Valuing the student voice: the tutorless tutorial.

In conversation with: David Clarke. Produced: November 2009; Duration: 1 minute : 45 seconds.

David Clarke:
I'm particularly mindful of the difficulty of getting everybody to participate in a way they're comfortable with, and getting them to believe that we genuinely want to hear the student's voice. I think the difficulty for so many students, and it's not a peculiarity of international students, is they either don't understand or don't believe when the tutor says, you know, this is about you, it's not about me, we're not here just to listen to me rabbitting on for an hour.

David Clarke:
I like to come up with off the wall ideas if I can, it makes life more interesting. This one is to have a leaderless tutorial in which I don't take any part at all except to watch and listen and make notes. So again, I tell them the week before that this is going to happen, and they know what the process is going to be and they probably know what the issue is going to be, and then for about twenty minutes in the tutorial session, they have their discussion amongst themselves, it's their responsibility how they organise it, what they cover, whether one of them chairs it or nobody chairs it.

And then, at the end, I give them feedback both on the content of their discussion and again on the process, on participation, evenness of contribution, whether everybody's being treated respectfully in their opinions and so on and so on. And what I really like about that approach is not that it produces anything wonderful in the course of that one session, but that they go away, I think, with a really clear idea that the tutorial is for them, to speak to, to contribute to, to put in ideas, I don't think there's any more convincing way of getting across the idea that it's not about everything the tutor has to say, and having a tutorial in which the tutor says absolutely nothing at all.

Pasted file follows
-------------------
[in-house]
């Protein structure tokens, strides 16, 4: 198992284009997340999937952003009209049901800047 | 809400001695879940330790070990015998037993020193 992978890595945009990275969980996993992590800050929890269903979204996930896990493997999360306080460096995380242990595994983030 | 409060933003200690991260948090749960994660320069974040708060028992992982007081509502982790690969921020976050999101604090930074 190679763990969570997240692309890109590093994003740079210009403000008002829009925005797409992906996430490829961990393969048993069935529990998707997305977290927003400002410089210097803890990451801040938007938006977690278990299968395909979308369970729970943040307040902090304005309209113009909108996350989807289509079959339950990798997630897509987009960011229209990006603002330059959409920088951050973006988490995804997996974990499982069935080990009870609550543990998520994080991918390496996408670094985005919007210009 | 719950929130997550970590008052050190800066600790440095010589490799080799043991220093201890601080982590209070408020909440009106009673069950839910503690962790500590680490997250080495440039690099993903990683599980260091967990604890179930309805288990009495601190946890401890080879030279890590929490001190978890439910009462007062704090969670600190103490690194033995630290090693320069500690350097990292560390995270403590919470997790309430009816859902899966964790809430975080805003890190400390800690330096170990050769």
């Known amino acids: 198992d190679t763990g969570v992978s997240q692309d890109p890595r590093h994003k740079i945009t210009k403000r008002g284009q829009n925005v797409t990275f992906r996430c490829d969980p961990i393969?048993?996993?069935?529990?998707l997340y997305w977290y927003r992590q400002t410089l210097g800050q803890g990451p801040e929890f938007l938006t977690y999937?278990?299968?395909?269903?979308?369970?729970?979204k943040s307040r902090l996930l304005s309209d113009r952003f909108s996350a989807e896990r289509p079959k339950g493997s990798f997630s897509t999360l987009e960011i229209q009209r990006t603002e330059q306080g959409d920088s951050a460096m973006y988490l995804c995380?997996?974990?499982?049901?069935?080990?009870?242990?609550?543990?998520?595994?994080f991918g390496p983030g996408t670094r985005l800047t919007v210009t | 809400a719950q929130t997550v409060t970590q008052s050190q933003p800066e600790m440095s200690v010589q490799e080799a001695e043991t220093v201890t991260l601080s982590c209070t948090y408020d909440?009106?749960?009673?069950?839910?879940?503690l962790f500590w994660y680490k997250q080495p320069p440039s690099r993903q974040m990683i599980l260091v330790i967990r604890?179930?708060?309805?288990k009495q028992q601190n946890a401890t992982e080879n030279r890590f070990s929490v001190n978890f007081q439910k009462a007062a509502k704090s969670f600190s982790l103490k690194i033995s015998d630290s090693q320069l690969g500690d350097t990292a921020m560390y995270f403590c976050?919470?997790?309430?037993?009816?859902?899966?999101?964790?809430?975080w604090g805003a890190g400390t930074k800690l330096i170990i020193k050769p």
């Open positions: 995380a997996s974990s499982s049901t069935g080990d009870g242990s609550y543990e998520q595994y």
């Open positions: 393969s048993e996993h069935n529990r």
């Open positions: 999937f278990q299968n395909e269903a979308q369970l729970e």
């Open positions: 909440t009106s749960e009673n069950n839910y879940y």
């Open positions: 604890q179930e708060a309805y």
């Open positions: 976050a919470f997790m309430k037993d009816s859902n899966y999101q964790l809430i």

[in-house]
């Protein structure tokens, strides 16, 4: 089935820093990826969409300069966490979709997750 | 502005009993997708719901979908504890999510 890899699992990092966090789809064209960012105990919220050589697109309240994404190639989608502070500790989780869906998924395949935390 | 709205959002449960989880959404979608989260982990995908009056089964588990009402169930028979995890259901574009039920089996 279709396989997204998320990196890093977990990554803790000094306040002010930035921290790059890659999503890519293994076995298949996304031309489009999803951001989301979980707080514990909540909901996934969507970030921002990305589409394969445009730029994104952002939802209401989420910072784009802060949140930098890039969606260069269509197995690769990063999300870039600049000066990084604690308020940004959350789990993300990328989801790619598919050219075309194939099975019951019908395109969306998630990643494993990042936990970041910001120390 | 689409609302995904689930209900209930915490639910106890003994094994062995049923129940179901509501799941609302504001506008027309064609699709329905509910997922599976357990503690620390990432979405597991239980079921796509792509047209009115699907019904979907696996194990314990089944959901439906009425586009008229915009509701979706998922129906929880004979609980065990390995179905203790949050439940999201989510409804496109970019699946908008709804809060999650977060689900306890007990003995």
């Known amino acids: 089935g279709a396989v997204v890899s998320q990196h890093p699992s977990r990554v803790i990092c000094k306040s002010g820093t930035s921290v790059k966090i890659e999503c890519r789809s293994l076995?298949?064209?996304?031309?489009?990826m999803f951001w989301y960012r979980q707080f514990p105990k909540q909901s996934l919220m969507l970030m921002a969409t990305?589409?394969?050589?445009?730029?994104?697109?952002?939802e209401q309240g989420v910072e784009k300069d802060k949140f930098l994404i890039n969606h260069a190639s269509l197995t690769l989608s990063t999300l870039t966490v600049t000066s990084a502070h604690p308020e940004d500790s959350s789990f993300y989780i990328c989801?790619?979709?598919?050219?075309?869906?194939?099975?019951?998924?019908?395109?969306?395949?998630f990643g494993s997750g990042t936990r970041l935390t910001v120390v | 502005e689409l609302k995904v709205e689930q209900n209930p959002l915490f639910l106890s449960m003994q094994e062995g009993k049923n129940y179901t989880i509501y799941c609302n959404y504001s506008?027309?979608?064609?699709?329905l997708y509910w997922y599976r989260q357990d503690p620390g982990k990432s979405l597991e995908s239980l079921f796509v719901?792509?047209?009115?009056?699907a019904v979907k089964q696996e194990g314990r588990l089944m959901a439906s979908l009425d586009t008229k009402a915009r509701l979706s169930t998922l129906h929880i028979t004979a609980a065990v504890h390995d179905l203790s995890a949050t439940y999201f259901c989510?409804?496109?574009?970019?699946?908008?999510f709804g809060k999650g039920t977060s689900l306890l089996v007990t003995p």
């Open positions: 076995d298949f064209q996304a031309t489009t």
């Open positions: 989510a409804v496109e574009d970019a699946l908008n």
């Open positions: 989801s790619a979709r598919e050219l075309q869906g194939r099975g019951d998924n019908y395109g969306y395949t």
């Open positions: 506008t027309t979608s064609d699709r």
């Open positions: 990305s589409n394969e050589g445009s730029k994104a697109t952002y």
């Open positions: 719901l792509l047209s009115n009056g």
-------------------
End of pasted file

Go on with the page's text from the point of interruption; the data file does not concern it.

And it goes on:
Short paper

Discussion as a teaching technique discusses the possibility of making use of group talk (conversation, discussion and dialogue) as a useful teaching tool and one which may be used to develop critical thinking skills. Two adult learning specialists Brookfield and Preskill (1999)i, focus on discussion to explore the role of group talk in teaching contexts. In their view, discussion incorporates "reciprocity and movement, exchange and inquiry, cooperation and collaboration, formality and informality" (1999:5). The paper looks at how discussion can be turned into "critical" discussion.
... more from Discussion as a teaching technique.

More scholarly interpretations of the theoretical basis:

... all Internationalisation short papers

Teaching at Nottingham website resource Student roles in small groups.   (Jul 2004; 2 min 46s video)

The Nottingham context
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Dr Rachel Scudamore

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